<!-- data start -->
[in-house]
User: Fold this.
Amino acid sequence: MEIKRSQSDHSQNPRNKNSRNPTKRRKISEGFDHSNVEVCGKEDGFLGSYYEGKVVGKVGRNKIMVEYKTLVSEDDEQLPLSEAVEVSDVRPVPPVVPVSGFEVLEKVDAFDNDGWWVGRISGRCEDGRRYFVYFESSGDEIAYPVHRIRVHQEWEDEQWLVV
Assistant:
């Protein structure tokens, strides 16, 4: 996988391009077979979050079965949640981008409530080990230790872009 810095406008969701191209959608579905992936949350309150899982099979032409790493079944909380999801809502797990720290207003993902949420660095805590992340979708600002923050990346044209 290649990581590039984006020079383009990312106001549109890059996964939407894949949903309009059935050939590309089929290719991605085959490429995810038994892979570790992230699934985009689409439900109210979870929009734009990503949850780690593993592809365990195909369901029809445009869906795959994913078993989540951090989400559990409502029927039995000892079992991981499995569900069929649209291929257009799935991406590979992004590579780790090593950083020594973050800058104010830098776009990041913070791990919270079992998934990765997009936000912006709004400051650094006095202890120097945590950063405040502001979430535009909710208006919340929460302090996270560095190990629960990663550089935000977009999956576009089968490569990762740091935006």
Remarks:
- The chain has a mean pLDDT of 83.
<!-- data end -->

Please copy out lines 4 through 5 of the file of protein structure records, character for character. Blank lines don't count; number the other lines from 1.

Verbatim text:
Assistant:
């Protein structure tokens, strides 16, 4: 996988391009077979979050079965949640981008409530080990230790872009 810095406008969701191209959608579905992936949350309150899982099979032409790493079944909380999801809502797990720290207003993902949420660095805590992340979708600002923050990346044209 290649990581590039984006020079383009990312106001549109890059996964939407894949949903309009059935050939590309089929290719991605085959490429995810038994892979570790992230699934985009689409439900109210979870929009734009990503949850780690593993592809365990195909369901029809445009869906795959994913078993989540951090989400559990409502029927039995000892079992991981499995569900069929649209291929257009799935991406590979992004590579780790090593950083020594973050800058104010830098776009990041913070791990919270079992998934990765997009936000912006709004400051650094006095202890120097945590950063405040502001979430535009909710208006919340929460302090996270560095190990629960990663550089935000977009999956576009089968490569990762740091935006």